Connecting with the past and exploring the present in the Adirondacks.
Never Stop Learning in the ADK
Eric Bright is a Schroon Lake-based luthier with an eye for detail and a set of snorkeling gear. The wood he uses comes from the muck on the bottom of the lake; his guitars produce a timeless sound that's as soft as the ripples on the water's surface. It all takes attention, dedication, and time. Lots and lots of time.
Trail comfort guide
The summer hiking season is in full swing in the Adirondacks, but don’t let our well-marked trails fool you. A hike into the mountains is really a trek into a beautiful, rugged backcountry. Weather conditions can change rapidly and outings can take longer than expected, but it’s pretty easy to plan ahead and be prepared. We guarantee you’ll be more comfortable and that will make your adventure more enjoyable, giving you time to focus on the important things, like how awesome the view is. There is no single list of essential hiking gear, but there are some basic guidelines that are good to be aware of. Check out our recommendations below, and consult other sources for more ideas, especially if you’re new to hiking. Always sign the trail register, and always let someone know where you're going and what time you plan on returning.
Men with muskets
We heard a chant, followed by a syncopated crack, then rising wisps of smoke joined to form a cloud before dissipating. The five men standing beneath the cloud were dressed in dirty white pants, and there were tilted black caps set upon their heads. Staccato commands punctuated the silence, and each was answered by a reply in unison. The motions of the men were jerky stop-and-go, well-rehearsed and precise. The muskets were loaded and raised, there’s another crack and a puff of smoke — this is how British troops fought battles in 1781.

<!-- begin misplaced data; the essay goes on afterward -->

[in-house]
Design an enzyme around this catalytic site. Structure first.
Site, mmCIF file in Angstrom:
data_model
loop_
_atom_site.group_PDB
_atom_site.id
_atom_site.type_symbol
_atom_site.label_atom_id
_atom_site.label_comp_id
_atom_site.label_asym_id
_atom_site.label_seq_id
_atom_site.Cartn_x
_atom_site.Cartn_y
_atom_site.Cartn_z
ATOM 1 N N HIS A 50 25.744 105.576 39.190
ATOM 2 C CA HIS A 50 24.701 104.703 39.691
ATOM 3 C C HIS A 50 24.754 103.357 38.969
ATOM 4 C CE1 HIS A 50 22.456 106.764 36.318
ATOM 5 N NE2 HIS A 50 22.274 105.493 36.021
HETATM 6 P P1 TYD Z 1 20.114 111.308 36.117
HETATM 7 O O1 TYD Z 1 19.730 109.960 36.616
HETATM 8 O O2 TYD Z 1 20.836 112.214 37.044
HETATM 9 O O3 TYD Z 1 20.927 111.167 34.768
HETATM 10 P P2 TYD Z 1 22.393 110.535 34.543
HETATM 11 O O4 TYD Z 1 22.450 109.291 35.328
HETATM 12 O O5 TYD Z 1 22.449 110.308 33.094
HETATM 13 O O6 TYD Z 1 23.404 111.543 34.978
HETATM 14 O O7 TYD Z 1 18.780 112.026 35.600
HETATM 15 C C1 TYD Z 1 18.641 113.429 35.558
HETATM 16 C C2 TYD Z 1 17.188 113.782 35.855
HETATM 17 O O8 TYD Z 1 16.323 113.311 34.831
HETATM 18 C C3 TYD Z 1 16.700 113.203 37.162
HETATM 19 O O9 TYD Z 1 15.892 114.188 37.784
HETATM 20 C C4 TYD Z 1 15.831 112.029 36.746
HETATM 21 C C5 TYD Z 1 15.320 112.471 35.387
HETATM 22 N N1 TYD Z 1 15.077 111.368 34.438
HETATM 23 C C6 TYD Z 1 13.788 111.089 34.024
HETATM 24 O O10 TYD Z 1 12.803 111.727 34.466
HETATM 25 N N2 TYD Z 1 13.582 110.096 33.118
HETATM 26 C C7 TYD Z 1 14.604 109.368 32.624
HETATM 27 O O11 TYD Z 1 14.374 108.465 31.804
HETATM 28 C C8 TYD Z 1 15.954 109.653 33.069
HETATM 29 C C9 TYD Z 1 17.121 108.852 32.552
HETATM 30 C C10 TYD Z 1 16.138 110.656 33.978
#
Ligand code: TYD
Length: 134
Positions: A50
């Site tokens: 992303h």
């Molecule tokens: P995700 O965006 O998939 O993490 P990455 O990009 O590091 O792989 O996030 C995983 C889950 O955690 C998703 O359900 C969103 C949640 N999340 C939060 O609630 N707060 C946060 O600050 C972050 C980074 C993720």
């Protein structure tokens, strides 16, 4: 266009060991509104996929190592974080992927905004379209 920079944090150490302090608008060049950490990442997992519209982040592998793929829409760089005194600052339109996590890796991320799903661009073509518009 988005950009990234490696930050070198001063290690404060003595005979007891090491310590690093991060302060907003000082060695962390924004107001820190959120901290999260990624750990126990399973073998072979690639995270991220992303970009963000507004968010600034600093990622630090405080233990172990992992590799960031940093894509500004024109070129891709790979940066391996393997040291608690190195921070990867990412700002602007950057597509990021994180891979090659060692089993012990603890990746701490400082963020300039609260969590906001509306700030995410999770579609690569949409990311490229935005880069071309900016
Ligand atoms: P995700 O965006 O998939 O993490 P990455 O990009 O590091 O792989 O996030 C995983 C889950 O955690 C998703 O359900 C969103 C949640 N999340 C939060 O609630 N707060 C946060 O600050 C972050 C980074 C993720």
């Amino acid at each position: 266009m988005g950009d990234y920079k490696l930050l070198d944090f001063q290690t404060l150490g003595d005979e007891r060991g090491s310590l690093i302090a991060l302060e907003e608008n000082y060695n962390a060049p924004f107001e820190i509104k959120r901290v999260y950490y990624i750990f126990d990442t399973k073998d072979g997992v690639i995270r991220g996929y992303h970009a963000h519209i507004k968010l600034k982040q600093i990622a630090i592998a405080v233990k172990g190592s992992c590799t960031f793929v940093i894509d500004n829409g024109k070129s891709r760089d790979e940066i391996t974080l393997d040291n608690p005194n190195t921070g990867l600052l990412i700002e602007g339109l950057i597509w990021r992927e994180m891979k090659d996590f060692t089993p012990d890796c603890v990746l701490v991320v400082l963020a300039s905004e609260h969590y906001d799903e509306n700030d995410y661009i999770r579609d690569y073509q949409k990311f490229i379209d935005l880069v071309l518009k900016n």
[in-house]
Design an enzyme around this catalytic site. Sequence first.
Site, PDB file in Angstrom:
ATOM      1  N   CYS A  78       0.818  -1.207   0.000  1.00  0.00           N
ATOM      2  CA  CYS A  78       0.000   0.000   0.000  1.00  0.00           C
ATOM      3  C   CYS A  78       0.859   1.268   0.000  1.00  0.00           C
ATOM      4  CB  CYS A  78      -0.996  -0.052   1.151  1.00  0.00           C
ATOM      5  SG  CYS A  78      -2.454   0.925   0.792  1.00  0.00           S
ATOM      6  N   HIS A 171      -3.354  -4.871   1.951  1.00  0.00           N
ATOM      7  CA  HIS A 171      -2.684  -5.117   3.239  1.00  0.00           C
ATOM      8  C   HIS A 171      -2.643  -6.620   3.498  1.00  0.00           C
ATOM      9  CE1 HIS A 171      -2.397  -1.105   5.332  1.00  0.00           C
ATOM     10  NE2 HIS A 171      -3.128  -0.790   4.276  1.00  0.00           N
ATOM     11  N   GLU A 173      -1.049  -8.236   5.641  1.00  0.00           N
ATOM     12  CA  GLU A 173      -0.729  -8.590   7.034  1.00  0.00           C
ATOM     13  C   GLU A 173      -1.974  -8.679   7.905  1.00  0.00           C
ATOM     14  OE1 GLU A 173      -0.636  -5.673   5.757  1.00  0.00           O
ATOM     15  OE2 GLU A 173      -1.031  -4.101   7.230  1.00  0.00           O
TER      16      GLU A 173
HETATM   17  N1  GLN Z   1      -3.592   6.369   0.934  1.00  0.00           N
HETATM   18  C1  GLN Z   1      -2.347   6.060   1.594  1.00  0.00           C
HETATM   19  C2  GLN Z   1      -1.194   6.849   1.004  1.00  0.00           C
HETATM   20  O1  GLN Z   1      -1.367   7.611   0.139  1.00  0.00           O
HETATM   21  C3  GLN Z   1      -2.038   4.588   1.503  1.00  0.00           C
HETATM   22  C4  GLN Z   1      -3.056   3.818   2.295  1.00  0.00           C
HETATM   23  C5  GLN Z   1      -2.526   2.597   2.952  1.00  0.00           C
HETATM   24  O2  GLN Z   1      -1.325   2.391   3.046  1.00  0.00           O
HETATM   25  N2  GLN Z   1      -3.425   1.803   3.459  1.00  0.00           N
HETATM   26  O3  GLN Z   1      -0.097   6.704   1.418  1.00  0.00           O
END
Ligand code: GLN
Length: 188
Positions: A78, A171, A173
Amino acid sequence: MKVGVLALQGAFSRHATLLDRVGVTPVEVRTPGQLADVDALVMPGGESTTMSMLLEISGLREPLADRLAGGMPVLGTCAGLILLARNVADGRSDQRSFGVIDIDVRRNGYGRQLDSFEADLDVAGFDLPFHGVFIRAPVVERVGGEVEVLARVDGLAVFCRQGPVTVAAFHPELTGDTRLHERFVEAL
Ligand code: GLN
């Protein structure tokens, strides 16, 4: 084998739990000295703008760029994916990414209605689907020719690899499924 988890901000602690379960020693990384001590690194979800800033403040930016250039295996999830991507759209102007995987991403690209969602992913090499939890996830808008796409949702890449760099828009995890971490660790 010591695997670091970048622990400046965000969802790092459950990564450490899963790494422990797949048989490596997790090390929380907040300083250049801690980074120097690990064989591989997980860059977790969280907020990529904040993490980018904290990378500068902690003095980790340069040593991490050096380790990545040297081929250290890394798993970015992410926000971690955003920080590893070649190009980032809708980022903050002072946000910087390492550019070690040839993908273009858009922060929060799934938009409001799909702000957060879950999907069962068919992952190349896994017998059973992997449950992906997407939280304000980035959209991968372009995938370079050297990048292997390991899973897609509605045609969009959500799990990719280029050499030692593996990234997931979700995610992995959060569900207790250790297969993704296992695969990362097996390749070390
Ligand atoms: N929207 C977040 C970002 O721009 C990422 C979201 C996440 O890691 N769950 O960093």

The Whiteface region is a beautiful and peaceful area of the Adirondacks, consisting of four hamlets that are not to be missed on your visit. The towns are Ausable Forks, Upper Jay, Jay, and Wilmington. There is so much to do and see in these family oriented communities. There are large attractions, and small communitites complete with dairy farms, restaurants, and natural wonders. Whiteface Mountain stands tall right in the town of Wilmington, and although you can ski, take the scenic gondola ride, or drive to the top on the scenic Veterans Memorial Highway, there is so much more to this area than that one mountain. For example, the Ausable River runs through this area and the fly fishermen can be seen all along the river. Mountain biking and road cycling are quickly growing to the top activities in the region. There are also many trails to ride, walk, and even jump into the river from these communities. Here is a sampling of the places and some not to miss attractions and businesses in the area.
Hike this: Wakely Mountain
A couple of years ago, the fire tower on Wakely Mountain had some structural damage. Because it is so tall, it takes quite a beating from winds. The four support posts of the tower had weakened over time and it was determined to be unsafe for climbing. Wakely is in a remote area of Moose River Plains, so materials had to be flown in and a work crew scheduled, all of which takes time to organize. But a few weeks ago, the repairs were completed and the Wakely tower is back open for business!
I’ve painted in tough locations, including on the deck of an ocean-going schooner, in the desert, and above the Arctic Circle. Yet there is no place more exciting or challenging for the plein air painter than New York’s Adirondacks. The landscape dares the painter to leave his car and hike or paddle in search of the perfect view. It is always just around the next bend or on the next lake.
100 years of beauty
In 1918 the Mt. Arab fire tower was born. Fire towers around the Adirondacks were used to spot forest fires, and during war time, observers were required to report any airplanes they saw or heard to the military information centers. Radio communications were established between each of the 57 fire towers in the Adirondacks which resulted in more efficient firefighting efforts. During the years 1944-1949, over 21 fires were reported from the tower on Mt. Arab. It wasn't until 1952 that the stewards on the mountain started noticing an increase in visitors to the mountain. To this day, Mt. Arab is one of the most popular hikes in the Tupper Lake area.